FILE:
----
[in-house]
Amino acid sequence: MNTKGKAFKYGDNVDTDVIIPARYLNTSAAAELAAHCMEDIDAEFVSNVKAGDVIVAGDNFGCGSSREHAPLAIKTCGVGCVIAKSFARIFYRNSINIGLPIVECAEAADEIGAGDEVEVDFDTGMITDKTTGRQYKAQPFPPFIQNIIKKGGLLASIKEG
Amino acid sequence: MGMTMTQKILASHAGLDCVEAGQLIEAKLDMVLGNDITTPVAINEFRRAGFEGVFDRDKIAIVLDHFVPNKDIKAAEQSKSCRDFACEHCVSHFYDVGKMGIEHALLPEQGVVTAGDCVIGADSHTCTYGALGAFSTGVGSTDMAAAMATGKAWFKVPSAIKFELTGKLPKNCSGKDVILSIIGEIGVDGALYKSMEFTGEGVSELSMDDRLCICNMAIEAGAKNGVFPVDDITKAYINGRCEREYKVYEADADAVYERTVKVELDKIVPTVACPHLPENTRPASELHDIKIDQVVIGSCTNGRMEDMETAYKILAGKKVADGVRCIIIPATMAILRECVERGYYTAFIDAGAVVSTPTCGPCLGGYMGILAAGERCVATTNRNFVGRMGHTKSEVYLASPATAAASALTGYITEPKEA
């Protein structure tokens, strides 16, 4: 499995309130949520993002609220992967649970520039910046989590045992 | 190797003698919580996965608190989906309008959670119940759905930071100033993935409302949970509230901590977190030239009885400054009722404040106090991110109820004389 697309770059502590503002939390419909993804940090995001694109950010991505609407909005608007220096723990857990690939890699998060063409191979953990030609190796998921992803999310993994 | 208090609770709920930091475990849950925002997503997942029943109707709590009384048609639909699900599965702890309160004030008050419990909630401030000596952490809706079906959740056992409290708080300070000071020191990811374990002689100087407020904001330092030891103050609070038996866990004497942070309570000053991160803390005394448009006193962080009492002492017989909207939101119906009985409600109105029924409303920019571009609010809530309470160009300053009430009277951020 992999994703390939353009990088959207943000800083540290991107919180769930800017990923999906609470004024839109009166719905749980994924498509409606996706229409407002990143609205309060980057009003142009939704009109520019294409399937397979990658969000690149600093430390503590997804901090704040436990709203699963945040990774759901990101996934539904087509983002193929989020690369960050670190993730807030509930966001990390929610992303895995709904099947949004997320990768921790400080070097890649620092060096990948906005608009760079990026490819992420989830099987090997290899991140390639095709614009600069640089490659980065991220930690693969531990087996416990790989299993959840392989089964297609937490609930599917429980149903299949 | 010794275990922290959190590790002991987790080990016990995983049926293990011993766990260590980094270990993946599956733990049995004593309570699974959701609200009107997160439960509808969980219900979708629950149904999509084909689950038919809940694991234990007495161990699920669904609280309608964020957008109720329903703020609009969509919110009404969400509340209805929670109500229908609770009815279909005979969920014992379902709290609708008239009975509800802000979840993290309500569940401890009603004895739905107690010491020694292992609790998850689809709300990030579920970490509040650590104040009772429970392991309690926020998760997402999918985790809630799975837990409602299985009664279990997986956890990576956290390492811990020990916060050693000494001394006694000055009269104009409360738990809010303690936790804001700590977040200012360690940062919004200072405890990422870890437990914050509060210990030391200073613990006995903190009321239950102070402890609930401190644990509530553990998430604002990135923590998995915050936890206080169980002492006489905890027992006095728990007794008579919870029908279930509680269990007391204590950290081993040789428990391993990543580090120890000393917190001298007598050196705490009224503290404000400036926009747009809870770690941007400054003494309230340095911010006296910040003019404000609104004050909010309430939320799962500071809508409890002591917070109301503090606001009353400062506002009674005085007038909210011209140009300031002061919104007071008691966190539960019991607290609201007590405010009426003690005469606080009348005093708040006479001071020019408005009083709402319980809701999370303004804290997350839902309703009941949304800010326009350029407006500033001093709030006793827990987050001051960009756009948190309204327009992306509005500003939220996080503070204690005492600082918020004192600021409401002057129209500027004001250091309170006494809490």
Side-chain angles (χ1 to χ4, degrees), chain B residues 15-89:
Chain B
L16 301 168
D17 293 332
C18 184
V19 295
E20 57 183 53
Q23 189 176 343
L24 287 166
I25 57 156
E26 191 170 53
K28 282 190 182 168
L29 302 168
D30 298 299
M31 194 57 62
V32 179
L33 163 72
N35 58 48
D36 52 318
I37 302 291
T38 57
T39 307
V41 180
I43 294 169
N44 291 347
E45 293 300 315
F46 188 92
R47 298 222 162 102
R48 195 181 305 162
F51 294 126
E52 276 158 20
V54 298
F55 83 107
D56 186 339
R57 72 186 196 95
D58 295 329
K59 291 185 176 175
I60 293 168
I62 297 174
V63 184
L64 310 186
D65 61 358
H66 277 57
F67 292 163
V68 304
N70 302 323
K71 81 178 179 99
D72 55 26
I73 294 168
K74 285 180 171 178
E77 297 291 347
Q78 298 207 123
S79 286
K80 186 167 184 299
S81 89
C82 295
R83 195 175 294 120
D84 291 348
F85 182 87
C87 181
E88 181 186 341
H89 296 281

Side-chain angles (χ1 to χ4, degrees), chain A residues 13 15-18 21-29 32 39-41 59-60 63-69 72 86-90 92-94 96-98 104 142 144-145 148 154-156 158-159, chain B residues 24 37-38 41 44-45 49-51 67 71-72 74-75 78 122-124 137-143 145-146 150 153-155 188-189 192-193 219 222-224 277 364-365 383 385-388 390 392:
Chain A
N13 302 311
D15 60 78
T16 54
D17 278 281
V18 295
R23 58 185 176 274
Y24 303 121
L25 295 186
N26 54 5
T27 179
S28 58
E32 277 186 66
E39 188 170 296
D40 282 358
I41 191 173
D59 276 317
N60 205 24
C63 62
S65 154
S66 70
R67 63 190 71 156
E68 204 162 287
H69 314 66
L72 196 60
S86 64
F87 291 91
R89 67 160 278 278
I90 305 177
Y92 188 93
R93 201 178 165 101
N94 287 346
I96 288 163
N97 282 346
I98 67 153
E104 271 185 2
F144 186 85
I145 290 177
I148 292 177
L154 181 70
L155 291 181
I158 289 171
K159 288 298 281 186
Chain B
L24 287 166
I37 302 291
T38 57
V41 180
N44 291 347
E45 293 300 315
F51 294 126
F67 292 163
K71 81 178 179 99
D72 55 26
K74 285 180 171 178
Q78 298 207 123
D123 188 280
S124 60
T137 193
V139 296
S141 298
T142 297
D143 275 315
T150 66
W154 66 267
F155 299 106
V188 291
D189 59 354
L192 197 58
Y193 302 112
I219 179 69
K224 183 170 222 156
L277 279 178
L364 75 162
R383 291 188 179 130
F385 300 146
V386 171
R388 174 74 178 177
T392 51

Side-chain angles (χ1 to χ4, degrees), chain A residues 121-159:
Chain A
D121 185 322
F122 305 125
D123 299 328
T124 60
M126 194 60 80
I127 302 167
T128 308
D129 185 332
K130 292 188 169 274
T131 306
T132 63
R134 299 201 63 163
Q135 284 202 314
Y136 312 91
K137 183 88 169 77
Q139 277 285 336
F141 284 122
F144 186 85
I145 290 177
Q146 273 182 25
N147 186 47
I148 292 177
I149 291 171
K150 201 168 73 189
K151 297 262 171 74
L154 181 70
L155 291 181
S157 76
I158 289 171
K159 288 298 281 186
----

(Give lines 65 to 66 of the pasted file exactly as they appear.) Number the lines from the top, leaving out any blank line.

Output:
E88 181 186 341
H89 296 281